On Saturday, I got to experience two very different sides of Tokyo – the sacred and the profane. First, I went of a private tour of the famous Meiji Shine, and was able to watch a Shinto religious ceremony. Then, literally just steps away from the Shrine, I went to the famous shopping district of Harajuku, and then to the Golden Gai nightlife area in Shinjuku, and enjoyed the complete opposite side of Tokyo.
The Shinto Meiji Shrine was built in 1920 in dedication to the spirit of Emperor Meiji and his wife, Empress Shokan. It is located in a 70-hectare (170 acre) forest, right in the center of Tokyo. It is a man-made forest, made from 120,000 trees of 365 different species, which were donated by people all over Japan when the shrine was established. Our group met at the south entrance of the Shrine, at a huge Torii gate, which marks the boundary between the profane and the sacred. You bow as you pass through the gate, and once you’re a few meters in, it is like entering a completely different world. The sounds and buzz of the city fade out, and soon all you hear is the buzzing of the cicadas. On all sides, enormous trees surround you, and you see nothing but a simple path and the light dancing between the trees. Once you’re in there, it’s truly hard to believe that this forest is right in the middle of the mega-city of Tokyo. It was serene and calm, in stark contrast from the busy subway station I just came from.
The main Shrine area is in the heart of the forest. Here, you can take part in typical Shinto activities – making offerings at the main hall, buying charms and amulets, or writing out a wish on an ema.
We witnessed two different wedding ceremonies, both in typical Shinto tradition. During the summertime, several weddings a day take place at the Shrine. After touring the main area, our group went to a classroom, where we watched a movie on the history of Shinto and the Shrine. Learning more about the Shinto religion helped me understand certain aspects of Japanese culture, particularly the attention to detail and obsession with cleanliness. Shinto is the largest religion in Japan, and though only a small percentage of Japanese identify themselves as “Shintoists” in surveys, the religion still carries a heavy influence in modern Japanese culture.
Following the movie, we entered the main hall and were able to watch a traditional Shinto ceremony. It really was something special to see. We took off our shoes and entered a huge tatami room. In the front, there was a raised platform, with offerings of rice, sake, and vegetables. We sat in front of the platform and the ceremony began with a priest hitting a large taiko drum. Two male priests said a number of verses, and then more men came in. They sat on mats and played the flute and chanted, and then female “shrine maidens” came in and danced a slow, elegant dance. I don’t have any pictures of the ceremony, but it was truly beautiful.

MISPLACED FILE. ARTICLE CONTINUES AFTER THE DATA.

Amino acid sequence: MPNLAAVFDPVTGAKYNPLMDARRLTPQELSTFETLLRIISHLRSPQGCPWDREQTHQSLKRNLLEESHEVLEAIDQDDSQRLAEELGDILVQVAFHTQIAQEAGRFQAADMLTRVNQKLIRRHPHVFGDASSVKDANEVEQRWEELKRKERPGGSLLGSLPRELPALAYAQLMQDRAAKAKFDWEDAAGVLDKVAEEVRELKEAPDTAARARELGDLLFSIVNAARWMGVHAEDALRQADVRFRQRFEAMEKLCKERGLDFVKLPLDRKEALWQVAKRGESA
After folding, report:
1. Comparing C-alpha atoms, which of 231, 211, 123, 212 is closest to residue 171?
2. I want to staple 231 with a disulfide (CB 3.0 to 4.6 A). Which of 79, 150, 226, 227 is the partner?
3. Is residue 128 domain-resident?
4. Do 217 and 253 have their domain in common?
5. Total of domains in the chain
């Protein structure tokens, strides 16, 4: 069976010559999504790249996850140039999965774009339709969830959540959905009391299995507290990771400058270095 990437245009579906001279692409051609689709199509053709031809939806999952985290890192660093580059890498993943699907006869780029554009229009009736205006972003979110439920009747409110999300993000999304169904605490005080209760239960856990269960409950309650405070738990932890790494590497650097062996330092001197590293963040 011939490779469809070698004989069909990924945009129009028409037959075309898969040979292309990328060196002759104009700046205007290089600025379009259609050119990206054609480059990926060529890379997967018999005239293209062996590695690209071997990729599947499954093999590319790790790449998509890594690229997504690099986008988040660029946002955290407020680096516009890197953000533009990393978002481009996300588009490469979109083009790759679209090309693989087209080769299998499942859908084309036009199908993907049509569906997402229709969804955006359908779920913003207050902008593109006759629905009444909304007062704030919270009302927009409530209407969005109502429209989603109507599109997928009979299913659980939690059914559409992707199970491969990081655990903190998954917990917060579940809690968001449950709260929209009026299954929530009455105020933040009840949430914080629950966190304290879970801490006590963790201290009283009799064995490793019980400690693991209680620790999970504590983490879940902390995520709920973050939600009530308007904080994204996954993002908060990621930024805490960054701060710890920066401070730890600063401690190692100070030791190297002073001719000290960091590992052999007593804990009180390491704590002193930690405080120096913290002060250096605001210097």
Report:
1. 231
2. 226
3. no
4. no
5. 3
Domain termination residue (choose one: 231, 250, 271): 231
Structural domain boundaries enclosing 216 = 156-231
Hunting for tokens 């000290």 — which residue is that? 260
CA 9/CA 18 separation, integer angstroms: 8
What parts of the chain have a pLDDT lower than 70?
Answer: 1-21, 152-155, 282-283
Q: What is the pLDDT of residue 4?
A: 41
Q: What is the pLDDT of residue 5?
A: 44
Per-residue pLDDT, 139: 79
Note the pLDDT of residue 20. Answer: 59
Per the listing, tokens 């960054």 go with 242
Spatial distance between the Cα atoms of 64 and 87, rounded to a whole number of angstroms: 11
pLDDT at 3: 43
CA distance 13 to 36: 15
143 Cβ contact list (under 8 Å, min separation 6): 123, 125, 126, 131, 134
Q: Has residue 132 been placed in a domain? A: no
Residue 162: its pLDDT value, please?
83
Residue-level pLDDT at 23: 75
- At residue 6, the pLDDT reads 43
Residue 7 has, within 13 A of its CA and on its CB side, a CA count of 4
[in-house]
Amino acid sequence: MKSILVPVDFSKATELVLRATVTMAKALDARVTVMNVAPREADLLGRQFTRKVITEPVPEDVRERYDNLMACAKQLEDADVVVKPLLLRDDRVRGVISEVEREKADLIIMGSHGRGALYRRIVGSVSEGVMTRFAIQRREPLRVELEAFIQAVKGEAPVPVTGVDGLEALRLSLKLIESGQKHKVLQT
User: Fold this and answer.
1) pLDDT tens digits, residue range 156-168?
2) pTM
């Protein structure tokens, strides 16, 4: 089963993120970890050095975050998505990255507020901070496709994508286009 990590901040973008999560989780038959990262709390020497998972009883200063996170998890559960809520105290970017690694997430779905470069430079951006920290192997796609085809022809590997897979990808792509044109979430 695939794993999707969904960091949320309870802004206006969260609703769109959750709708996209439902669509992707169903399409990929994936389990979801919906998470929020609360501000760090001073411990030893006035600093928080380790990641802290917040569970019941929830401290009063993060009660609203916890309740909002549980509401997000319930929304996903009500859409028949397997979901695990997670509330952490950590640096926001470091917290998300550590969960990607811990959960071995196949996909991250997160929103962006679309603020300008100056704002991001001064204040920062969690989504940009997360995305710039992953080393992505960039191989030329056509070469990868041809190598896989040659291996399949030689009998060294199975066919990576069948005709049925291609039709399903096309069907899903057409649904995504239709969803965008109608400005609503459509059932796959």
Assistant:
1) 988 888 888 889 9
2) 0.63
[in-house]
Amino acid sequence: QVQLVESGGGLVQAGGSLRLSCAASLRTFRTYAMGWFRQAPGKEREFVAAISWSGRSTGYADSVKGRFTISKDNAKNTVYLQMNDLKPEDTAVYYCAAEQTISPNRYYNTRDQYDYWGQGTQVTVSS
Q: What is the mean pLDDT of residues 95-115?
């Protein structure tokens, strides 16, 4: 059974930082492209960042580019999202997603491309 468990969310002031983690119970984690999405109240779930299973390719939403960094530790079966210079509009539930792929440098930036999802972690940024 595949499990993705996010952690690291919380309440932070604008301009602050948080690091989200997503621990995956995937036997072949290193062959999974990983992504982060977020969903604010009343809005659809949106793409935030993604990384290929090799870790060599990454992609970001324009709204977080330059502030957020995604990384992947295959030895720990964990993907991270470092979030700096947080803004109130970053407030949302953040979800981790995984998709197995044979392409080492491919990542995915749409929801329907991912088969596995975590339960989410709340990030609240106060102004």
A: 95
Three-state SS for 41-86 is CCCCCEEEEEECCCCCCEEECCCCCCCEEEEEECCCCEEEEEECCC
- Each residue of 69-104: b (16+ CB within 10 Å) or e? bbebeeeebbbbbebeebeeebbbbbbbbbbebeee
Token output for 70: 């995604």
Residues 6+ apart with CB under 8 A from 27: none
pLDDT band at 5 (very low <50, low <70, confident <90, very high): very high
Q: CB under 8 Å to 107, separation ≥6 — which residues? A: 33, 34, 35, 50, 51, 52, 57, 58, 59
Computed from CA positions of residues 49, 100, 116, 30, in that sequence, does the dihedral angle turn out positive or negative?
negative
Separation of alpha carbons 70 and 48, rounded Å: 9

I left the Shrine feeling relaxed and refreshed. I walked just a few steps to Harajuku. Starting off at the famous Takeshita Street, I entered a completely different world.
Harajuku is a crazy, over-the top, shopping wonderland. We walked down the busy street, looking into the shops selling colorful, crazy and cute outfits. Typical “Harajuku Girls” stood outside shops, holding signs and yelling for us to come in. The shops have all kinds of fun, zany stuff for sale – rainbow platform converse, Hello Kitty contact lenses, a purse shaped like a popcorn machine, ruffley lingerie, a kimono with cats printed on it, bright tutus – you name it, you can probably find it in Harajuku.
We wandered around for a couple hours, which was really fun, but also really dangerous. I could easily spend my whole month’s salary in a couple hours in Harajuku. So much cute stuff! So many things I didn’t even know that I wanted! I ended up I ended up buying rain boots, which I actually really needed, and a sequined top which I definitely didn’t.
Japanese fashion is so interesting – some of it I love, some of it is like, “who would even think of that?” It seems like it’s either super pink and girly-girly, or it’s super edgy. I tried to show restraint on this trip to Harajuku, but I would love to come back and shop my heart out (once I get the financial situation stabilized a little).
Once I’d had my fill of Harajuku, I headed over to the “Golden Gai” area in Shinjuku to meet a couple friends. Golden Gai is a super cool area. It’s a little network of narrow streets and even narrower passageways, packed with literally hundreds of different bars. We picked a totally random bar, and it turned out to be awesome. It was teeny-tiny, like all the bars in this area. It sat about 6 people, total. We drank sake and the bartender played Prince and other American classics. A super drunk Japanese guy loved the fact that we were American and knew the music, so he bought us all a drink. It was a great night.
My morning couldn’t have been more different from my afternoon and evening. In the morning, I experienced traditional Japan – nature and the Shinto religion. And in the afternoon, I experienced modern and commercialized Japan. I am amazed by the start contrast, and by the fact these two very different realties exist so closely to each other, within the same city. I was deep in a forest, learning about Shintoism one moment, and in a busy shopping district, buying shoes the next.
Tokyo, you continue to surprise me.